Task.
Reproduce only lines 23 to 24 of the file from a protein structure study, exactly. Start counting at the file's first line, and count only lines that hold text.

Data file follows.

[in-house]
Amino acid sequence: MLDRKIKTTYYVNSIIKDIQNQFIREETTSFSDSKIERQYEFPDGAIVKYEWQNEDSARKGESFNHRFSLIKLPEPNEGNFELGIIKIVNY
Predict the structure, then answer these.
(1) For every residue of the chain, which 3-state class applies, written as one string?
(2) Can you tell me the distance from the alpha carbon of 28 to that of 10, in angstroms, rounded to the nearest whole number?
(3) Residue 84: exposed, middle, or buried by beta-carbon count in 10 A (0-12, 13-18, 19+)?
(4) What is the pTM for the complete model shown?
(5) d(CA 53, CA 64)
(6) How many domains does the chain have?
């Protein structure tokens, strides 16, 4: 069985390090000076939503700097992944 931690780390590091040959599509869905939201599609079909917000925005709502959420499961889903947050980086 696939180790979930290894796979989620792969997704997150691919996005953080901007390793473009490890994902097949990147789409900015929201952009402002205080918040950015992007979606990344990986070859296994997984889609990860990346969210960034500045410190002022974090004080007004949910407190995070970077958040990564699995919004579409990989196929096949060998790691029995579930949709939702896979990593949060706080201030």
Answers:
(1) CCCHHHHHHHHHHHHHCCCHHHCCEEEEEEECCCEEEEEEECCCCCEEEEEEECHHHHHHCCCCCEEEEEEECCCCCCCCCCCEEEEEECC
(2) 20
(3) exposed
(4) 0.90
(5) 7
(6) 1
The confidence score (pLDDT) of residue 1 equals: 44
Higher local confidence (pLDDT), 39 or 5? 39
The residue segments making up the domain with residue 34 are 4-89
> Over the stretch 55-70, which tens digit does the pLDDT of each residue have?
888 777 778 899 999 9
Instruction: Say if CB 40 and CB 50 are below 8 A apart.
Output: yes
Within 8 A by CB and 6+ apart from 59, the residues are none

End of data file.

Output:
Instruction: Say if CB 40 and CB 50 are below 8 A apart.
Output: yes